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Is this Unschooling?

post #1 of 13
Thread Starter 
Ds just turned 3 and we have no formal homeschooling activities for him yet. What we do is go to the library and he picks out books he wants and we bring them home to read.

Yesterday he wanted this book about a guy who adopts an owlet (he's into owls and bats thanks to Stellaluna). This book is aimed at kids who are probably 10 years or older, who can read chapters with few pictures or drawings. Anyway, we read a few chapters this morning and ds was mesmerized and understood everything. He even laughed at a part that the author was describing in a humourous way that seemed too advanced for him to understand.

He can spell out words we make in the bathtub with letters and last night I put a word together that he hadn't seen before and with very little help, he figured it out.

He loves Sojourner and talks to her at night when we look at Mars.

Enough bragging, is this how unshcooling goes? I love it but what happens when he's 11 or 12 and needs to learn more than the basics of math? How do you unschool algebra?

Am I way ahead of myself here?
post #2 of 13
Yes, this is unschooling.

If, at the age of 11 or 12 or 56, he needs to learn algebra, then he will. Maybe on his own, maybe with the help of others.

When YOU need to learn something, don't you set about to learn it? Or do you have someone telling you, "This year, you will learn _______."

That's the thing about unschooling--people learn what they need to learn, when they need to learn it. It's not dictated by anyone else.

(I suppose there are people in the world who need to learn algebra--I've yet to meet any, but I guess it's possible.)
post #3 of 13
I am interested in this question as well, but in my case, I can easily see how someone could learn particular types of math on her own, but I am wondering how unschooled people make their way from learning how to pick up a pencil and form letters to knowing how to produce essays? I am really stuck in a school-based mindset for this, and I would love it if you'd tell me about different approaches.
post #4 of 13
Ya know, I showed some homeschooled kids the Basic Five Paragraph Essay once, they were teens and wanting to know what might be on some test. They thought it was a joke at first - these kids had read real essays by real writers, because they were interested in what the writer had to say. They had written real essays, generally on websites, about subjects which interested them. No one told them how, although various people helped them edit, when asked. They knew how to write essays from reading them.

Rain is writing a novel now, one of her first ever pieces of writing. Seriously, she's spent 5 years writing occasional notes, and then maybe 6 months writing angst-filled emails, and now suddently she can write a book. It looks like something a high school or college kid might write - not the spelling or punctuation, those are getting there but nothing extraordinary, but the ideas and the complex sentence structure and the amount of detail. I though, when she started writing, it would be like most 5th graders in school. Instead, her first novel started with: "On a cold November morning, the wind was blowing, snow was falling, and a kindly old man was standing on the sidewalk, selling newspapers from a stand he had built himself. He was in his late fifties, with gray hair and a beard, with glasses and true blue eyes. "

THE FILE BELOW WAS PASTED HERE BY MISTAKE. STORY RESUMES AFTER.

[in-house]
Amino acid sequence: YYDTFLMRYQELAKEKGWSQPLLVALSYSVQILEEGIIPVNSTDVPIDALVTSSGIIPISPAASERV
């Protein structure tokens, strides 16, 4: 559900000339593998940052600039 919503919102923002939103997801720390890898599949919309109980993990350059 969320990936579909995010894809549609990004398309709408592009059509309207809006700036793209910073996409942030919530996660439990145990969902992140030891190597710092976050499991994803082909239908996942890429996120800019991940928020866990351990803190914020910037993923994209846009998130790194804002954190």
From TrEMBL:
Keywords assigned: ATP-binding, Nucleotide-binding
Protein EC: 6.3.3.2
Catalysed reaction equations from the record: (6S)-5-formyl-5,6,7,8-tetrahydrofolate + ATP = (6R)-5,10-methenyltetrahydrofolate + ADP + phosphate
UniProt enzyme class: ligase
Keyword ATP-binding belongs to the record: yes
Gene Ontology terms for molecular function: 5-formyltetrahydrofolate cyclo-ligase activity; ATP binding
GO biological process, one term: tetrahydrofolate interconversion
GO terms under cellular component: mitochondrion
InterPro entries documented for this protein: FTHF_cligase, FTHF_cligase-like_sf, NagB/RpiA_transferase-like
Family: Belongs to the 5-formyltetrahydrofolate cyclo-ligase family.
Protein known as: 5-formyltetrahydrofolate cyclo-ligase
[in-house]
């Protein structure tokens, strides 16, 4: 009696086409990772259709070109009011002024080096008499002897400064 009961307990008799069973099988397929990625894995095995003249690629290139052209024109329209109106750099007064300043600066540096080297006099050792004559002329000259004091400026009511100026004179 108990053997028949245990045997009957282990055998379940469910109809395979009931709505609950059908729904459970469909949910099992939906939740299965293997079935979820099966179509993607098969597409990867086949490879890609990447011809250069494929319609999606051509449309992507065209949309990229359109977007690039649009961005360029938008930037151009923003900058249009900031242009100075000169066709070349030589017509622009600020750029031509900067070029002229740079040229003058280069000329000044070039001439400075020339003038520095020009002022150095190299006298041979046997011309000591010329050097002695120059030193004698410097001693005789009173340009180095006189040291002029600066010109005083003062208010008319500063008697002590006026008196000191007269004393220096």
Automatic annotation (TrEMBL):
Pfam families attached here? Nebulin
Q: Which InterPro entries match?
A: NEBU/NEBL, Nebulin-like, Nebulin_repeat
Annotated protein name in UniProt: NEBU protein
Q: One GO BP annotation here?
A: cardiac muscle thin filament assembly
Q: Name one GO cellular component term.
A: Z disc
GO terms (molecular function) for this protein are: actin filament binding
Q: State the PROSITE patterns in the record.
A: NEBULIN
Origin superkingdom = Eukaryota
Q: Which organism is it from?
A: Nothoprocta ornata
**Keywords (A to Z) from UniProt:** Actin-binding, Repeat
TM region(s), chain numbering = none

The older kids did learn how to write the standard formulaic 5 paragraph essays with ease, since the writing they were already doing was far more complex. One wrote a great 5 paragraph essay on the limitations of the 5 paragraph essay,which was quite fun.

Dar
post #5 of 13
Dar, you truely need to write a book of your own. I love reading your posts--your "take" on things, and your daughter's experiences would make a great story.

Interestingly, college-level writing courses end up trying to undo all the formula-writing that kids have been taught in the lower grades. Writers say that the best way to learn to write, is to read.
post #6 of 13
I learned to write well from reading good writing. Simple as that.
post #7 of 13
I unschooled my last two years of high school, so though I had a very very strong foundation in school, I didn't learn how to write well there. I learned how to write by writing. I keep recommending the same process for "school" kids I know. I kept a journal and wrote bad poetry. Then I started going to poetry readings. Then I started hosting poetry readings. Then I entered a poetry slam. And won. I never finished college (though someday I might), and yet my husband is constantly asking me to edit his papers for grad school.

About Algebra - I personally think Algebra is good to have. It helps to be able to figure things out. For example, I just bought 50 lbs. of BioKleen Laundry Powder and a 5 gal. bucket of Bac-Out. I need to figure out what I normally pay for these items at the store to see how much money I saved and if it was really worth it. I'm sure it is worth it, but I'd still like to know. So, I have to go to the store & see what I normally pay for those items. I know the Bac-Out comes in 32 oz. bottles and costs about 9 bucks. The powder I buy in bulk by the pound. So I've got to develop a problem to figure that out. Anyway, that's Algebra. Same thing if you ever want to build anything. But anyway, when I was unschooling, though I had a basis in math already, I still needed some more math "classes" to graduate. I chose to do Saxon math because I really love Algebra and don't mind doing problems for fun. Then my motivation was low, so I enrolled in a community college class. You can do "school" things while unschooling if your interest leads you there. You can always introduce "school" things to children and see if they like it.
post #8 of 13
I have to agree with blueviolet and others.